In this period, all the actors of that time have become nuclear weapon states. China has ICBMs which can cover the entire Indian landmass, while our IRBMs cover all of Pakistan and the southern areas of China. This reach could soon be extended. Pakistan’s weapons can cover half of our northern part including the capital. Even if one party has more in its inventory than another, the fact is that it cannot prevent itself from being hit by the adversary. It can be argued that ground-based missiles can be neutralised before launch or that aircraft can be shot down even as they approach, but that still does not mean that the odd weapon will not reach its target.
China and India have submarine-launched nuclear weapons of differing capabilities but here too, there is no knowing which of them would push the first button. In this scenario, it is simplistic to believe that these three countries will do anything which could lead to a nuclear confrontation; a full-fledged war between any two could conceivably lead to measures of desperation, but once again, it is naïve to expect that the world would allow military conflicts to reach that stage.
Occasional statements have been made in the recent past that the country must be prepared to fight a two-front war, but this is mere rhetoric. In short, a military conflict of any consequence between the three countries in which tanks and infantry are engaged for protracted periods is highly improbable. This was not the scenario 50 years ago. Why then is the political leadership not taking a fresh look and determining more appropriate force levels for the three Services? This is a question that every right-thinking Indian must ask.
There is another aspect to this debate. Forty-five squadrons of the old Hunter aircraft do not translate into an equal number of today’s Mirages or SU30s. Add to this, force multipliers like airborne early warning systems, drones and so on. Similarly, the rifle used by the infantry soldier in the 1960s was a .303 capable of firing one bullet at a time. The present INSAS rifle may not be the best and, hopefully, will be replaced soon, but it is a far cry from that older weapon. The highest caliber gun then was the reliable 105mm; compare it with the present 130mm and 155mm weapons. The same is true of naval ships and weapon systems. Surveillance and reconnaissance including from satellites have also reconfigured the battlefield environment. Therefore, the ground realities of today bear little comparison to that which existed when India fought those wars.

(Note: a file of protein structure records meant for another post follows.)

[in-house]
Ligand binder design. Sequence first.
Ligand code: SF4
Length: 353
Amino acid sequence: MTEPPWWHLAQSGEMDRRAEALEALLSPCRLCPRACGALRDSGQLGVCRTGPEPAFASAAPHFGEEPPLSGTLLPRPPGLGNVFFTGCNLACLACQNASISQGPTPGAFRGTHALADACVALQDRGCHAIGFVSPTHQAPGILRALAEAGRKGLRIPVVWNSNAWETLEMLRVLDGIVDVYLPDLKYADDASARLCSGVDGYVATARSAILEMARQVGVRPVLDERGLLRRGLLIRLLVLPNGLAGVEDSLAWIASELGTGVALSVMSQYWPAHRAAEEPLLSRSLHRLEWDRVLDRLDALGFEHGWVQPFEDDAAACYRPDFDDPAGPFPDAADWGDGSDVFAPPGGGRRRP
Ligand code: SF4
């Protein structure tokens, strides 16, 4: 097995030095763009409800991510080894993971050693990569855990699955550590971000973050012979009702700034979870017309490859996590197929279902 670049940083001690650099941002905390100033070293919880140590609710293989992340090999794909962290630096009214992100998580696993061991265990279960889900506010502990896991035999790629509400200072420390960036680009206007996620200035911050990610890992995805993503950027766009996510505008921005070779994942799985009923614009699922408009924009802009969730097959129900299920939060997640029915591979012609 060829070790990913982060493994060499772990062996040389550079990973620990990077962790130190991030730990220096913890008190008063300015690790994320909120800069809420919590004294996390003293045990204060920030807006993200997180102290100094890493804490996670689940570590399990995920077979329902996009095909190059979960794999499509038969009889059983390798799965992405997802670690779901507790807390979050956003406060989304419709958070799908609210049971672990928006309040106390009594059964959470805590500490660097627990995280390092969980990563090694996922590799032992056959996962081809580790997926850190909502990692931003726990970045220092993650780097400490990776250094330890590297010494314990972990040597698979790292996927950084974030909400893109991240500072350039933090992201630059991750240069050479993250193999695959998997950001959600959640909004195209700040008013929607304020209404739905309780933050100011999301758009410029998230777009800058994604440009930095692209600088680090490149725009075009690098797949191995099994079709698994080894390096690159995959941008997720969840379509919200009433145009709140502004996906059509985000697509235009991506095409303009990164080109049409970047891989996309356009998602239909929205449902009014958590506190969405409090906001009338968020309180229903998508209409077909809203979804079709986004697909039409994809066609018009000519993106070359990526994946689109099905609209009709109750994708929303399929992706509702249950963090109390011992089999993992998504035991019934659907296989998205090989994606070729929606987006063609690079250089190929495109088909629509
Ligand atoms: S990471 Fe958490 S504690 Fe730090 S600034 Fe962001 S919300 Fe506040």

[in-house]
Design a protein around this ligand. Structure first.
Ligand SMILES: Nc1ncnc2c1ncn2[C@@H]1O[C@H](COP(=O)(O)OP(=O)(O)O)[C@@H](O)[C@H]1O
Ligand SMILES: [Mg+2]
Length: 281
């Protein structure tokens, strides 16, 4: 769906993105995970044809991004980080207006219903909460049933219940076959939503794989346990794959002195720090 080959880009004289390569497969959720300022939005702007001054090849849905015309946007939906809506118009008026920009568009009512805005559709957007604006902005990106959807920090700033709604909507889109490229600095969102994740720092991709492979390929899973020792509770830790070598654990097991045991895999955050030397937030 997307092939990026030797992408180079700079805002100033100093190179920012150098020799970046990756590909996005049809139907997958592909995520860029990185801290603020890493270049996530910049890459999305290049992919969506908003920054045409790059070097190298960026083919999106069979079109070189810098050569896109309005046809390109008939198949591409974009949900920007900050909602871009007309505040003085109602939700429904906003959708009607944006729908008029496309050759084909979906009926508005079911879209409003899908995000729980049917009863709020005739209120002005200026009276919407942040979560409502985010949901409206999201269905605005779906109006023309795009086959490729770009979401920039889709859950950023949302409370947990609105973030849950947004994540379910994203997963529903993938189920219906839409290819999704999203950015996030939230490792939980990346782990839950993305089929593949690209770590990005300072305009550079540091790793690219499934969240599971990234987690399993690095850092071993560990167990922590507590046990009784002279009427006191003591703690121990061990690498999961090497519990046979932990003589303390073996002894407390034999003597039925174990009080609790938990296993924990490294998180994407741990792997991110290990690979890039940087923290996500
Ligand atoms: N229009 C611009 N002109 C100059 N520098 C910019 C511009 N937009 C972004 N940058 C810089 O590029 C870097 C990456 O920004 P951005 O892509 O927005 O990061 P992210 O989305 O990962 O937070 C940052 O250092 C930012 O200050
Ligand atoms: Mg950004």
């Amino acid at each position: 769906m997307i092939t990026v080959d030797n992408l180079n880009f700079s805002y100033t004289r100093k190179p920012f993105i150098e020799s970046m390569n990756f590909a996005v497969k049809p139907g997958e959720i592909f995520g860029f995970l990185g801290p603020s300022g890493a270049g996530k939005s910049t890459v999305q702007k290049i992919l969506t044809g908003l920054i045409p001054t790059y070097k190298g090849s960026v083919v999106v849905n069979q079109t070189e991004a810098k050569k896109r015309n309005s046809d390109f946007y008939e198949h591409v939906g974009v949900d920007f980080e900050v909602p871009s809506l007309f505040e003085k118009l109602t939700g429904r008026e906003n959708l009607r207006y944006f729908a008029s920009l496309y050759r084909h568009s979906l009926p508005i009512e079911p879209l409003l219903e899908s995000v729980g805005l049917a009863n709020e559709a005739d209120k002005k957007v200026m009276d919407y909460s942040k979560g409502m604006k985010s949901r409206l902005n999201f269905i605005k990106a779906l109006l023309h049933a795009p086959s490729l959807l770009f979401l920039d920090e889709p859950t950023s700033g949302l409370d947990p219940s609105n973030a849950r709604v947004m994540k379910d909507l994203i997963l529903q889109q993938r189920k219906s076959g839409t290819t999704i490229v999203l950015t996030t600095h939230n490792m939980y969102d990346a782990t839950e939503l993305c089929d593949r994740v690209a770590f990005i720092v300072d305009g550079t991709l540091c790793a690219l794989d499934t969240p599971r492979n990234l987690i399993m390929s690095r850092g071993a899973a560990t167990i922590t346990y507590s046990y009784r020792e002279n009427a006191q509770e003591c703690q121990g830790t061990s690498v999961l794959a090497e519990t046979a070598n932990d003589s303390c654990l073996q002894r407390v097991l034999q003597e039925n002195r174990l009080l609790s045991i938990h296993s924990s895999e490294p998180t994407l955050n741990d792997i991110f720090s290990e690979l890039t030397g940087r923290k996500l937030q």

Further, the very concept of a two-front war is dubious. In 1965, China was a good friend of Pakistan and neither the United States nor the then USSR was very supportive of India, yet it was only an India-Pakistan match. Even in 1971, the Chinese did make some noise but refrained from opening another front in support of their ally. China’s ambitions now are to match up to the US as a global power. For this it needs four-to-five decades of all-round growth that interventions in military conflicts with others cannot but fail to inhibit. There may be the occasional skirmish — as in Doklam — and also rhetoric, but major confrontations are unlikely. In the same way, there is little likelihood of an “all-out war” with Pakistan.
In this same period, we have moved to “less-than-war” scenarios. A task that the Army did not have to cope with too much in the 1960s, but has now to look at comprehensively, is counter-terrorism. This activity is manpower-intensive and it is unlikely that this responsibility can be shed in the foreseeable future. Regrettably, political efforts that are essential to root out the problem are insipid and we are depending upon military power to eradicate it, which it cannot.
Second, the sea is increasingly coming into play both in the Indian Ocean Region and in the Indo-Pacific. There is much greater awareness of the need for India to exercise both power and influence in this domain and the Navy, which watched from the sidelines 50 years ago, is now the primary instrument for enabling both. Air and cyber power have become more important. These changes clearly necessitate our going back to the drawing board and working out force levels for the Services that are more suited to the needs of the times.
Almost 68 per cent of our defence budget constitutes revenue expenditure and is consumed largely by manpower and related adjuncts. What remains is never going to get us the modernised armed forces that we need. Clearly, we need to right-size our armed forces to cope with threats now perceived as relevant. Demands for more money for defence are meaningless when our allocations for health and education, both vitally important, are so pitiable.
We must look at the entire question of military preparedness anew, taking into account the new realities. To view the security scenario in 2018 in the same way as was seen by the ECC in 1964 is strange, to say the least, especially when one adversary has since been cut into two and the other is seeking to become a superpower. Sticking to a 50-year-old prescription whose time has long gone is not great strategy.
The writer is a former Director General, Defence Staff. He has also been a member of the National Security Advisory Board.